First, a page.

People with vision impairments
Children and youth

Perkins’ Community Programs serve children with visual impairments in public schools and in communities across New England, both by providing direct support to students, as well as by providing vital information and assistance to parents and schools.

-Our Infant-Toddler Program offers educational services and family support that are vital to every child with visual impairments or deafblindness during the earliest years of development. Our work takes place on our campus, at home and in the community where we assess the special needs of each child and create individualized programs that address his or her challenges, and encourage his or her strengths.

-Educational Partnerships bring the knowledge and experience of Perkins staff to public schools, homes, training centers, and other community locations. Our experts work one-on-one with students ages 3 to 22 in the classroom, day care or home environment. We also support classroom teachers by preparing and adapting learning materials so students with vision loss can keep up with their peers and by providing professional evaluations of current services in school systems.

-Outreach Short Courses offer public school students who are blind or visually impaired the opportunity to focus on areas that are not addressed in a typical school day, such as independent living, social skills, health and wellness, mastery of assistive technology, and career success. From resume writing to practical cooking skills, we offer a variety of courses that will challenge students to achieve their highest level of independence.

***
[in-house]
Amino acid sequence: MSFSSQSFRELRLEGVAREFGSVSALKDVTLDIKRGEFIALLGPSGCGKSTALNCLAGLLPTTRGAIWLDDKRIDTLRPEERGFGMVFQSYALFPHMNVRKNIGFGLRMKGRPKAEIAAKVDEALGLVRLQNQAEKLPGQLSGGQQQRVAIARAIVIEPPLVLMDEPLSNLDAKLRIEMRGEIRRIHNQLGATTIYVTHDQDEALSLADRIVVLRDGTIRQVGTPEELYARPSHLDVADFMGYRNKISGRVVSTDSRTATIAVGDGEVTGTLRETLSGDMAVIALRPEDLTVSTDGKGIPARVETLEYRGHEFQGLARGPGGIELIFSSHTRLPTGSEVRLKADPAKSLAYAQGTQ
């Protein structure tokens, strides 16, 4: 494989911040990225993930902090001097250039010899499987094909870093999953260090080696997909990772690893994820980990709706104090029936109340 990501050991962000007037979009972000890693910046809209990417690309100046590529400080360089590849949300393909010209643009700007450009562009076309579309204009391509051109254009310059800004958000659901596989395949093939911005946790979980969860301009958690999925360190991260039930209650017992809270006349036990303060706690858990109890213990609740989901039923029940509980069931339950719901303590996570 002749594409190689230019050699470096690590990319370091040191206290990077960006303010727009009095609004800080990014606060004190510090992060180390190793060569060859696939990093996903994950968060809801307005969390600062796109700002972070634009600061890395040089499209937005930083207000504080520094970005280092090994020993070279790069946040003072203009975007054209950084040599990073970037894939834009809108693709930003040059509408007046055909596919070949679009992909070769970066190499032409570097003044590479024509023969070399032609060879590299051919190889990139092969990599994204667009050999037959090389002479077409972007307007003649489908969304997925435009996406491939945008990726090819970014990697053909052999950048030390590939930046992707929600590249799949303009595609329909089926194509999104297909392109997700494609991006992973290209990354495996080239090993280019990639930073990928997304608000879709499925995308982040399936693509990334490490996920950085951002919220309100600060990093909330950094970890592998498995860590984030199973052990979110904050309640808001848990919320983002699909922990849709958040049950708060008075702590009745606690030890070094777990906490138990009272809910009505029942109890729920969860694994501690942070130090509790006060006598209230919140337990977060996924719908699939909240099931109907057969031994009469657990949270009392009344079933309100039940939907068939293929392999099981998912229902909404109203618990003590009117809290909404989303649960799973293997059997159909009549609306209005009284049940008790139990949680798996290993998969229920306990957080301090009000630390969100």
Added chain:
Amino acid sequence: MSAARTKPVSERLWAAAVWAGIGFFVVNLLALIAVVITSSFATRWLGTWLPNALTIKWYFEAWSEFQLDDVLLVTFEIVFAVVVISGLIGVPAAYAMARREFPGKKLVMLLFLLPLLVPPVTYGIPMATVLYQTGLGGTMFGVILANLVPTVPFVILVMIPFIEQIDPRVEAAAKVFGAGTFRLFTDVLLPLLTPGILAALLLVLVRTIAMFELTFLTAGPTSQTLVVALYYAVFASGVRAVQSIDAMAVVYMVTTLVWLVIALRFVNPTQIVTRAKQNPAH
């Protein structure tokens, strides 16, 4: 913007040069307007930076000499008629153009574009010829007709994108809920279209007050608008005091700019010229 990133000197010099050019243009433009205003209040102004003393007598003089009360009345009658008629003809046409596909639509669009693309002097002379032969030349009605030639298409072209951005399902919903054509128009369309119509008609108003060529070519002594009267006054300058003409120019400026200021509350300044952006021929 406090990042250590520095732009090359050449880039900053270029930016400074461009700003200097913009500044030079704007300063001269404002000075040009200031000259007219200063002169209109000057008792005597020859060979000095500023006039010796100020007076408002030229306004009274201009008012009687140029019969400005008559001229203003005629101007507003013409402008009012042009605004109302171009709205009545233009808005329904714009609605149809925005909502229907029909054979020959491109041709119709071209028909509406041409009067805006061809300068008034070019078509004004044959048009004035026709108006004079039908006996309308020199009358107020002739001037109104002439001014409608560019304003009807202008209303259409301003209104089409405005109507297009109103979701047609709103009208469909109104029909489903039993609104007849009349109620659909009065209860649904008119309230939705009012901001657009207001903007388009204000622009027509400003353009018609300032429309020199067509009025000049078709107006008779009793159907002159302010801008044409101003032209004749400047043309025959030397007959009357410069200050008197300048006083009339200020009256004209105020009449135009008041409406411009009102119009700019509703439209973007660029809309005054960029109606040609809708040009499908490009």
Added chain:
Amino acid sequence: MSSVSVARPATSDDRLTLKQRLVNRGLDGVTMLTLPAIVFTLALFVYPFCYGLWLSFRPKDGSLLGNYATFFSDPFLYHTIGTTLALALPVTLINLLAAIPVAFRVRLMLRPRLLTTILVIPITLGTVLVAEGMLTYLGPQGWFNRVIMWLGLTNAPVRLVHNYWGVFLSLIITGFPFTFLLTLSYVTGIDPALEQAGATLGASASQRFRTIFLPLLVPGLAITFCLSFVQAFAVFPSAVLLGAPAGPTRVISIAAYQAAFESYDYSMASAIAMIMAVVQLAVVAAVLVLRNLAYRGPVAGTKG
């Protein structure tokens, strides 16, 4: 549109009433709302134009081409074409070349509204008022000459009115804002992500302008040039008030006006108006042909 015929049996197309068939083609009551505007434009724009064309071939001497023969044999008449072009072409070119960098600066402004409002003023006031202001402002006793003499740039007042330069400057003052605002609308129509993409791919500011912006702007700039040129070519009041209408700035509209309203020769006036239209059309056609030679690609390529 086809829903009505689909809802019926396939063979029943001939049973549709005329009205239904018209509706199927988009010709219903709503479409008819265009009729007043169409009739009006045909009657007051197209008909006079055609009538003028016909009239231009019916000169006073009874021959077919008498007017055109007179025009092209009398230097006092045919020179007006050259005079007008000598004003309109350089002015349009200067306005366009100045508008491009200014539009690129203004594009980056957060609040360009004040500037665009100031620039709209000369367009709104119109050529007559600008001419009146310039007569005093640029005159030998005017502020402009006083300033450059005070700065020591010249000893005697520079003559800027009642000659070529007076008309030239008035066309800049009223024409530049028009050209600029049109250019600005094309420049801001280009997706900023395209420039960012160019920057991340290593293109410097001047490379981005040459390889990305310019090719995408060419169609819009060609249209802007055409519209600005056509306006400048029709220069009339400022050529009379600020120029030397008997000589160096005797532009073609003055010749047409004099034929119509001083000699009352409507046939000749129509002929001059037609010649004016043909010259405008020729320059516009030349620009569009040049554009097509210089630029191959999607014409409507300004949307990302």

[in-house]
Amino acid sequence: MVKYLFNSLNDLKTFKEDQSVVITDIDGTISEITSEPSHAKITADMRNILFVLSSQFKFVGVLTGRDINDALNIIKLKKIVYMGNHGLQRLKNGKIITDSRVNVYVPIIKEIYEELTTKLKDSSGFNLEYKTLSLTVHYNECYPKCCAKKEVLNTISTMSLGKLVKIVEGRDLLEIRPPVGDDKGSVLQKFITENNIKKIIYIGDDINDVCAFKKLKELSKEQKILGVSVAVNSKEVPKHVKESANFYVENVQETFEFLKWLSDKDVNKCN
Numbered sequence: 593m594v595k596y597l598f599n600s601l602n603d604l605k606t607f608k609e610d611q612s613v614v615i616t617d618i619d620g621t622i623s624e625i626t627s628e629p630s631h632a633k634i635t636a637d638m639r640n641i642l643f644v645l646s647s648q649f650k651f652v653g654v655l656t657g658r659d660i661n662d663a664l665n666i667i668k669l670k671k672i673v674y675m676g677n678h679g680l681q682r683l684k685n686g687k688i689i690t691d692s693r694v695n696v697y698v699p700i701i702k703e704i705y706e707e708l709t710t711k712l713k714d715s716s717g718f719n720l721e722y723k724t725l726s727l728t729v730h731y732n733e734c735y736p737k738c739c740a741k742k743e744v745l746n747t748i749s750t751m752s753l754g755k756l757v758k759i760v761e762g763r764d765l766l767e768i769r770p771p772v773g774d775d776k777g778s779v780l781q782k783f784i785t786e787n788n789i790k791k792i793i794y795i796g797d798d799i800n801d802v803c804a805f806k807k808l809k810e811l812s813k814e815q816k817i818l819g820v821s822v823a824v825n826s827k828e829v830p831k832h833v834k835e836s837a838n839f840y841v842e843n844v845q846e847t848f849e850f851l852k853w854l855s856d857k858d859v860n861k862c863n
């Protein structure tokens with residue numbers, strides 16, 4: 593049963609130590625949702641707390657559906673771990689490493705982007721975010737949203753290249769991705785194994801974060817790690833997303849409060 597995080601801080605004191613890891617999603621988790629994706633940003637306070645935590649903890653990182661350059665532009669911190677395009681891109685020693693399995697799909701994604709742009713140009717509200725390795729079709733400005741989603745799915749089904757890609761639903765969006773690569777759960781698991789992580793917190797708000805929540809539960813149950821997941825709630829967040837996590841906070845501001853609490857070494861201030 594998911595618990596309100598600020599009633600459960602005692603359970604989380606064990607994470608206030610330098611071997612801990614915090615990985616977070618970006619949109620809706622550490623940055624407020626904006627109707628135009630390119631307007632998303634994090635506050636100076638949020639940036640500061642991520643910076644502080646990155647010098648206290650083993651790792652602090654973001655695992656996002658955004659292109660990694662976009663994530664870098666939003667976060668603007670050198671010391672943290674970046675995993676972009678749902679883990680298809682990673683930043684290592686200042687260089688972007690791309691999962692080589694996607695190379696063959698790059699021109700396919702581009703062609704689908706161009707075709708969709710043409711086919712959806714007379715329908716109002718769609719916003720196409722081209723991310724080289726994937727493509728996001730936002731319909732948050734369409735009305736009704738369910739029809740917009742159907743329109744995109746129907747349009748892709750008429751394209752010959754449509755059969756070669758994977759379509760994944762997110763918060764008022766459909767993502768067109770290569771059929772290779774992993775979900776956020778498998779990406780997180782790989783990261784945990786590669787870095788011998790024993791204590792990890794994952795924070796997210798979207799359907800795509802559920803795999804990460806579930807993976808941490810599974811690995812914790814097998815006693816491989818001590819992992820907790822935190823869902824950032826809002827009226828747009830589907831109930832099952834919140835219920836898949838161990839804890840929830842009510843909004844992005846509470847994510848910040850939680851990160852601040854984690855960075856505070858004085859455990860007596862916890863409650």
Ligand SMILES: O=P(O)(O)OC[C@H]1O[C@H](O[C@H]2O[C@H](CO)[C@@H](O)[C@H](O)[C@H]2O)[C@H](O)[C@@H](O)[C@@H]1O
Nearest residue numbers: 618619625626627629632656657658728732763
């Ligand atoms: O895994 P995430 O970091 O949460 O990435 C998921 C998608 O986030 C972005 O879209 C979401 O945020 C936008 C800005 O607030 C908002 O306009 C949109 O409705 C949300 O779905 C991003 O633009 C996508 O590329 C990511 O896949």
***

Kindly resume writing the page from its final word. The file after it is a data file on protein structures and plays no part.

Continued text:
Population(s) Served
People with vision impairments
Children and youth

Perkins provides a variety of programs to help blind and visually impaired young adults ages 16-29 build a strong foundation for the next phase of their lives--whether that’s planning for a career, preparing for college, or strategizing how to apply to and interview for jobs, internships and volunteer positions. Our transition programs are designed in partnership with leading companies, nonprofits and universities in the Greater Boston area.

-Compass, a College Success @ Perkins program is a nine-month virtual program designed to proactively give college-bound high school students with visual impairments the critical academic and blindness skills they need to reach their full, college-ready potential. The program prepares students to transition into higher education with personalized counseling, assistive technology to make their lessons accessible, and lessons in how to self-advocate to ensure they can make the most of their college experiences.

-Career Launch @ Perkins prepares young adults with vision loss to work in professional fields. The program targets jobs involving direct interaction with customers in order to open doors for positions in growing sectors such as technology support, hospitality, and healthcare. Career Launch @ Perkins is designed to give its students the training and experience they need to build sustainable careers. Now accessible through both virtual and residential programs, it features intensive professional training and a full year of job placement and coaching support, as well as internship experience in the Boston area for residential participants.